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Semiotics 101

September 21, 2005

Every semester I hear the same shopworn appeals for special dispensation for missed deadlines, even though my syllabi specify that only written requests from a dean or a doctor will be considered. Referring students to the syllabus usually evokes astonished assertions that surely it was an oversight to exclude their particular circumstances, which, in the sweep of Western civilization, are unique.

It’s been at least 10 years since I’ve heard an original excuse, and I was beginning to suspect that the hip-hop generation was imagination-challenged. My mistake! New students simply don’t have the semiotics background to understand the difference between the sign (message sent) and the signified (message heard) of academic discourse. It’s not until the sophomore year that students begin to grasp this, thus I offer this humble Semiotics 101 lesson for first-year students, lest they inadvertently offend their professors. 

Message Sent Message Heard
"I was so busy with classes in my major that I simply didn’t have time for your assignment." "Your subject is so irrelevant I’m surprised it’s even offered at reputable schools.  Did you lack the requisite skills to become a garbage collector?"
"I work full-time, care for small children, and am involved in community charity groups. It’s hard to find time to juggle all of this." "Unlike slothful bums like you who just show up to class, put in an occasional office hour, and then bugger off to drink coffee, and nap in the faculty lounge."
"I was completely done with my paper, tried to print it, and found out that my processing system is incompatible with that of the college." (Variants: "My ink cartridge ran out," and, "The computer erased everything on my diskette.") "I haven’t started this paper and I’m hoping you’re a big enough sap to fall for such a lame excuse."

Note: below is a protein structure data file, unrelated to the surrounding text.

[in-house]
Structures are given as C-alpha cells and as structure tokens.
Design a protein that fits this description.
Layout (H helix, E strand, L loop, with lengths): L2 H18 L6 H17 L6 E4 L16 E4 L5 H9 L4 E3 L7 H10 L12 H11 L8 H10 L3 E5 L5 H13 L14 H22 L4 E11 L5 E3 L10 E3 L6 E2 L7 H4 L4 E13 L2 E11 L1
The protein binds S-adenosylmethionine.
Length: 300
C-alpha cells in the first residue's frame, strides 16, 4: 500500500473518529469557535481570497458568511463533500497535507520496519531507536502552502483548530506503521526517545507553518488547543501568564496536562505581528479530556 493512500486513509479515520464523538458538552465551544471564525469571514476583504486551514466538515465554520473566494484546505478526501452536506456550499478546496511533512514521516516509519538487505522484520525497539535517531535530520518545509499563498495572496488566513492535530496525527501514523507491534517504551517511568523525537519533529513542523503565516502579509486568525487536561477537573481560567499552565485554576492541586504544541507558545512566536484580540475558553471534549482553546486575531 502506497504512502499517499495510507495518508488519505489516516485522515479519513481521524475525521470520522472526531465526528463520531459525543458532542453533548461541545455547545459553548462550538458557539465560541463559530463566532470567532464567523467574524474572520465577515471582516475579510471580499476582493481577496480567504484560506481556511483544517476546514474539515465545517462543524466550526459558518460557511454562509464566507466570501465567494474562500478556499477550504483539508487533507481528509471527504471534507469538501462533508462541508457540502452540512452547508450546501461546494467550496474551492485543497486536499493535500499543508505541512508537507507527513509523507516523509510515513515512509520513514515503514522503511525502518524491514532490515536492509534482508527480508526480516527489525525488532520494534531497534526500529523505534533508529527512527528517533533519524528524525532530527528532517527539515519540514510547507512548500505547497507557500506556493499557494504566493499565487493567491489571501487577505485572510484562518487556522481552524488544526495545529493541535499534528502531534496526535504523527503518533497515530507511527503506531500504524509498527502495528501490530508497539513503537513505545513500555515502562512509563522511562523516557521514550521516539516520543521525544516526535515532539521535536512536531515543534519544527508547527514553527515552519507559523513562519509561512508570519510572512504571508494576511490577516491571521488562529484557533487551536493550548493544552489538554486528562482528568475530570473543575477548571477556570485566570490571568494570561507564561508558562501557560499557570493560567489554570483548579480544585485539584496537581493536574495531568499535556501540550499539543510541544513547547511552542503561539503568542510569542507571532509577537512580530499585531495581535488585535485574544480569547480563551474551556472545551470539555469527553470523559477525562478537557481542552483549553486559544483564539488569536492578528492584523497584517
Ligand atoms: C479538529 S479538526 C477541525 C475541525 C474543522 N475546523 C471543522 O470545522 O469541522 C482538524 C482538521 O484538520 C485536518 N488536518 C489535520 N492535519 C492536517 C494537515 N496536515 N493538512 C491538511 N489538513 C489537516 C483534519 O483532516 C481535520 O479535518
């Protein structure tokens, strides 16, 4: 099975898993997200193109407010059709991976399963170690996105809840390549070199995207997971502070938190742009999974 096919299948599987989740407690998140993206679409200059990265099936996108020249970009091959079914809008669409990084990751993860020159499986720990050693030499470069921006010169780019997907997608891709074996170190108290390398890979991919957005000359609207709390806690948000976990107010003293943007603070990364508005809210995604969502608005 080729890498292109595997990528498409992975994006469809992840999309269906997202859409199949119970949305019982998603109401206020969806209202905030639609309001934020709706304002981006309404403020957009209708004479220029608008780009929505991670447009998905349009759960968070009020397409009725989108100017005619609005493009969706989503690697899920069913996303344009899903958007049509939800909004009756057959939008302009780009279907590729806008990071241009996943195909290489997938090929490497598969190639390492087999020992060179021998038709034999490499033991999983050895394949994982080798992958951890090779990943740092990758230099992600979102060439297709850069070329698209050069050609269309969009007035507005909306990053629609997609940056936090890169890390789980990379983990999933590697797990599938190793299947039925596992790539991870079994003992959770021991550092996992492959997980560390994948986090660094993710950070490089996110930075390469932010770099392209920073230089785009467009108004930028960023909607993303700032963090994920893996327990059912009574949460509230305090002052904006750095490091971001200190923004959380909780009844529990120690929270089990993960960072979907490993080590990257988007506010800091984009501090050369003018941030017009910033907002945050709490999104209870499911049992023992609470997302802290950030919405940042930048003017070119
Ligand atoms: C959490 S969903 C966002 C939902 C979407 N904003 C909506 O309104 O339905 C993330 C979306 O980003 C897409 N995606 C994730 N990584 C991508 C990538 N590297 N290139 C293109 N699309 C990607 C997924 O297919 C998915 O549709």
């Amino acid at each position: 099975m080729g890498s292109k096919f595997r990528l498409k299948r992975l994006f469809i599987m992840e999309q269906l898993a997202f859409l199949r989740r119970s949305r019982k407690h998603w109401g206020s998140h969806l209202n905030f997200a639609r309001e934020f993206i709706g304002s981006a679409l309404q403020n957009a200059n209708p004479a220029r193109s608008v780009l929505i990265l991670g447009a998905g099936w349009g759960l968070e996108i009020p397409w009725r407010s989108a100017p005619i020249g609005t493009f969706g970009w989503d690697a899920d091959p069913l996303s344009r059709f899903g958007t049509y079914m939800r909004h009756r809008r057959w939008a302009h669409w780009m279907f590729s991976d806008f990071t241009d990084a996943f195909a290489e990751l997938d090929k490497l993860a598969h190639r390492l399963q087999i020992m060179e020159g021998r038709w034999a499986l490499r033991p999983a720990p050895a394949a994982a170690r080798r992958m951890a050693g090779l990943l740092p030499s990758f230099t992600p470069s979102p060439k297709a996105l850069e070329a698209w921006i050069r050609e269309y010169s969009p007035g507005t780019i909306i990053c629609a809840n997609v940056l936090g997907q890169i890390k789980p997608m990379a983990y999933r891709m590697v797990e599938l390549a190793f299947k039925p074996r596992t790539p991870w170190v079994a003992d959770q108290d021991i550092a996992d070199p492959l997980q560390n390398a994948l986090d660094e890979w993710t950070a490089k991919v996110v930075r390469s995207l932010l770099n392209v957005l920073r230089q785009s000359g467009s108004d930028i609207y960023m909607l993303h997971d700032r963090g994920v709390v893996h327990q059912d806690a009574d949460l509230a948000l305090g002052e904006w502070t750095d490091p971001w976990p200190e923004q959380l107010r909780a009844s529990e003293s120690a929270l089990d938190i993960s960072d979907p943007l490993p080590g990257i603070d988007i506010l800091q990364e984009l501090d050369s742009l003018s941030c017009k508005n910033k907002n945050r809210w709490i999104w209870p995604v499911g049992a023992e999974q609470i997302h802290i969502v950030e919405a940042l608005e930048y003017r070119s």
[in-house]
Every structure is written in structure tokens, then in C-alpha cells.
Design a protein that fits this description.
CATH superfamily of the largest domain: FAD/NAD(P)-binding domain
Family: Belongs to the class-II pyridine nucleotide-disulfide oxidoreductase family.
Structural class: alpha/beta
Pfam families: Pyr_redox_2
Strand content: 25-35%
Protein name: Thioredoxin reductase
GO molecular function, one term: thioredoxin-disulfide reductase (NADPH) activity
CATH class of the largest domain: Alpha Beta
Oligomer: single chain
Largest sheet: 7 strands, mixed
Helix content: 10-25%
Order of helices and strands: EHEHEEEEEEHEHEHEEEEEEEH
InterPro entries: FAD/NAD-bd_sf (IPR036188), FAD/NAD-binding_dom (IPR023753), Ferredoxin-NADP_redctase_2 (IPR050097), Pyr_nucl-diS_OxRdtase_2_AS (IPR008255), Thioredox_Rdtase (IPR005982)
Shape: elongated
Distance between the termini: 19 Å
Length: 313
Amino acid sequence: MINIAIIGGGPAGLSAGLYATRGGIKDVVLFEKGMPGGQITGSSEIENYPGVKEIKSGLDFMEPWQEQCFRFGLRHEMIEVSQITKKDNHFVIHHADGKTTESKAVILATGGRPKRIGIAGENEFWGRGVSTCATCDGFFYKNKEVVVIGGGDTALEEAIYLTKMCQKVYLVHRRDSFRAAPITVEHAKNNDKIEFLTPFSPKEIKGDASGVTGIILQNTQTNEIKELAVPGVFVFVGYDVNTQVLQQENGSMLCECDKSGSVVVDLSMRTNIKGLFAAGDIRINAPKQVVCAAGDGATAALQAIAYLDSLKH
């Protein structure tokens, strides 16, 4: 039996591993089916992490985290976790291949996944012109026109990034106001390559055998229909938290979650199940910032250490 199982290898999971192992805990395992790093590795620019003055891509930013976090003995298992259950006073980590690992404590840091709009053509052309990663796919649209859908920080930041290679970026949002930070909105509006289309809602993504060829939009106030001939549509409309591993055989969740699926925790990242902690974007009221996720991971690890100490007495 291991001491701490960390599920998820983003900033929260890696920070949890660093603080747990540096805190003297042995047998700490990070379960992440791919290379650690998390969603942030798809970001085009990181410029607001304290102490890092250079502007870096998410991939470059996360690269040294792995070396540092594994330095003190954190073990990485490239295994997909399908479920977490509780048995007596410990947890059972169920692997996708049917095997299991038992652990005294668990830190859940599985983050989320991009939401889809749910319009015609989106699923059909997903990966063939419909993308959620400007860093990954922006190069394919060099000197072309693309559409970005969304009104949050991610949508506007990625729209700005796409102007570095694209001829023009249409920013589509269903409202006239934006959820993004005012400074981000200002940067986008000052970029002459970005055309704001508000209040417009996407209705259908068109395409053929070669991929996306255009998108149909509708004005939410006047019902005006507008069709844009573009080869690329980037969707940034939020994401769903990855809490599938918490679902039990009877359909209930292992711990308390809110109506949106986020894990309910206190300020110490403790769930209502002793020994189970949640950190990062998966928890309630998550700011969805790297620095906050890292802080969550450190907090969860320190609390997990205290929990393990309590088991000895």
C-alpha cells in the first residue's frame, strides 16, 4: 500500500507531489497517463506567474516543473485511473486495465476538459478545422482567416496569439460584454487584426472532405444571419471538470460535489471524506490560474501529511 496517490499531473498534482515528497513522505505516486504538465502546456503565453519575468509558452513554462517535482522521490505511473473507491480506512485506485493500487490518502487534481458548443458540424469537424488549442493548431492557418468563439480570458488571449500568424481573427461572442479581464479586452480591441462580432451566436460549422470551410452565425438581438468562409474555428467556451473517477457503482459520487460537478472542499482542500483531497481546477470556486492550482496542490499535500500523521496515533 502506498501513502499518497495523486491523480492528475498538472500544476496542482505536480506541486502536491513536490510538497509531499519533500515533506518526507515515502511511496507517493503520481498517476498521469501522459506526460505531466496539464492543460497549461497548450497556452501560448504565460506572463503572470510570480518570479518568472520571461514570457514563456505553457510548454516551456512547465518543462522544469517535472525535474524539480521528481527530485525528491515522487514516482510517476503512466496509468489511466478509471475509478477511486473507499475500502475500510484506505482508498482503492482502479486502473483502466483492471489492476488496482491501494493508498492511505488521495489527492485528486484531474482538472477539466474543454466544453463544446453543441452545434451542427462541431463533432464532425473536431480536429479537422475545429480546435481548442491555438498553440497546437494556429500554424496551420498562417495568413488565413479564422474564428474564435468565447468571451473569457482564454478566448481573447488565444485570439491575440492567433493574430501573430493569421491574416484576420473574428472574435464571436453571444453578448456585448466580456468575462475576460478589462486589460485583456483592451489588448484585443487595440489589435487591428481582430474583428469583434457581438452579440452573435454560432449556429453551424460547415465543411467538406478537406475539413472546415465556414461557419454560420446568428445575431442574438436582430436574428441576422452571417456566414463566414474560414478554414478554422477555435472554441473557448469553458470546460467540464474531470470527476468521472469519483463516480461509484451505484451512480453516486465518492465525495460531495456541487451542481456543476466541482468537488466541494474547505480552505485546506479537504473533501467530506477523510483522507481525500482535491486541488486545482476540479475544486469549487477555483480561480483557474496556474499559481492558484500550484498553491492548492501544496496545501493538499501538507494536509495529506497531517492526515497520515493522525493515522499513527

"This assignment was unfair and your instructions were unclear." "I have never misunderstood anything in my life. The problem is that you’re a sadist. How did you escape the Nuremberg trials?"
"I had a 24-hour stomach virus and was so sick that my roommate got scared and took me to the infirmary. Doctors said it was probably just food poisoning." "My roomie and I went out drinking at a local bar. The local fauna was looking fine, the music was loud, and I got plastered. But I wasn’t going to work on your silly assignment anyhow."
"A close relative died last night." "It was actually the aunt of my fourth cousin thrice removed and last night was the 14th anniversary of her death."
"You’re too demanding. I’m spending all my time on your course and neglecting all my other classes." "That’s because yours is the only one I have a prayer of passing."
"I’ve been under a lot of pressure and am seeing a therapist who suggested that extra time to do my work would be helpful." "OK, it’s not a real therapist, but my friend did get a B in Psych 101 so I’m sure she knows what she’s talking about."
"I have a learning disability." "Others seem to get things right away, but I have to study so I must have an LD. If you don’t pass me I’ll get someone to certify I do and sue your butt under the ADA."
"I’m sorry I missed the deadline, but I couldn’t get back from break because of the snowstorm." "The parties on Aruba were so good that I stayed an extra three days. Did you know that ‘snow’ is a synonym for several classifications of powdered controlled substances?"
"If you give me a break this time, I promise I’ll never miss another deadline and that I’ll put extra effort into all other assignments." "Yeah, and Bambi’s mother will come back to life, dodos will roam the wild Australian plain, and cold fusion will power every American home."

I could go on, but these humble examples should suffice to make first-year students realize that all utterances are texts and that they cannot privilege their interpretations over those of their professors. Armed with that knowledge there is but one failsafe response: Meet the deadlines!

 

Bio

Robert Weir teaches humanities and American studies at the University of Massachusetts at Amherst and at Smith College. He is the author of four books, numerous articles, and has been teaching for 26 years. He has fielded approximately 47,311 excuses.

 

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